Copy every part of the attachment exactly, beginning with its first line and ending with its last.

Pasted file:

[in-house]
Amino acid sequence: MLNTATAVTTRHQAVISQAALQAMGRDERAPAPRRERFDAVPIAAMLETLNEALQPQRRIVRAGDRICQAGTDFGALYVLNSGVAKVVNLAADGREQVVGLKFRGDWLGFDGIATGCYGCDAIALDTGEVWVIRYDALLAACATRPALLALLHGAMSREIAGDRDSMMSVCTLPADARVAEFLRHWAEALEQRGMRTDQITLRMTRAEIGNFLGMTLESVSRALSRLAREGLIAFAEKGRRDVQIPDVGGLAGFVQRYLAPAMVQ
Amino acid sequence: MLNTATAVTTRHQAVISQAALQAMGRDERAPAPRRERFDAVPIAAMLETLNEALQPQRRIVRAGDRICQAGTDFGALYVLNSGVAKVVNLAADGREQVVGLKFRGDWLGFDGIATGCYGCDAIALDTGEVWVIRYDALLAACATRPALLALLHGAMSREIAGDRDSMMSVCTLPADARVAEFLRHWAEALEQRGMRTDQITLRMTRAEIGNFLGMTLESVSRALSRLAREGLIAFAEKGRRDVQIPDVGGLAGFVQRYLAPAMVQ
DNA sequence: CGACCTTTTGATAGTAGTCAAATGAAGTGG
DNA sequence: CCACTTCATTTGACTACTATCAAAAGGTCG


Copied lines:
[in-house]
Amino acid sequence: MLNTATAVTTRHQAVISQAALQAMGRDERAPAPRRERFDAVPIAAMLETLNEALQPQRRIVRAGDRICQAGTDFGALYVLNSGVAKVVNLAADGREQVVGLKFRGDWLGFDGIATGCYGCDAIALDTGEVWVIRYDALLAACATRPALLALLHGAMSREIAGDRDSMMSVCTLPADARVAEFLRHWAEALEQRGMRTDQITLRMTRAEIGNFLGMTLESVSRALSRLAREGLIAFAEKGRRDVQIPDVGGLAGFVQRYLAPAMVQ
Amino acid sequence: MLNTATAVTTRHQAVISQAALQAMGRDERAPAPRRERFDAVPIAAMLETLNEALQPQRRIVRAGDRICQAGTDFGALYVLNSGVAKVVNLAADGREQVVGLKFRGDWLGFDGIATGCYGCDAIALDTGEVWVIRYDALLAACATRPALLALLHGAMSREIAGDRDSMMSVCTLPADARVAEFLRHWAEALEQRGMRTDQITLRMTRAEIGNFLGMTLESVSRALSRLAREGLIAFAEKGRRDVQIPDVGGLAGFVQRYLAPAMVQ
DNA sequence: CGACCTTTTGATAGTAGTCAAATGAAGTGG
DNA sequence: CCACTTCATTTGACTACTATCAAAAGGTCG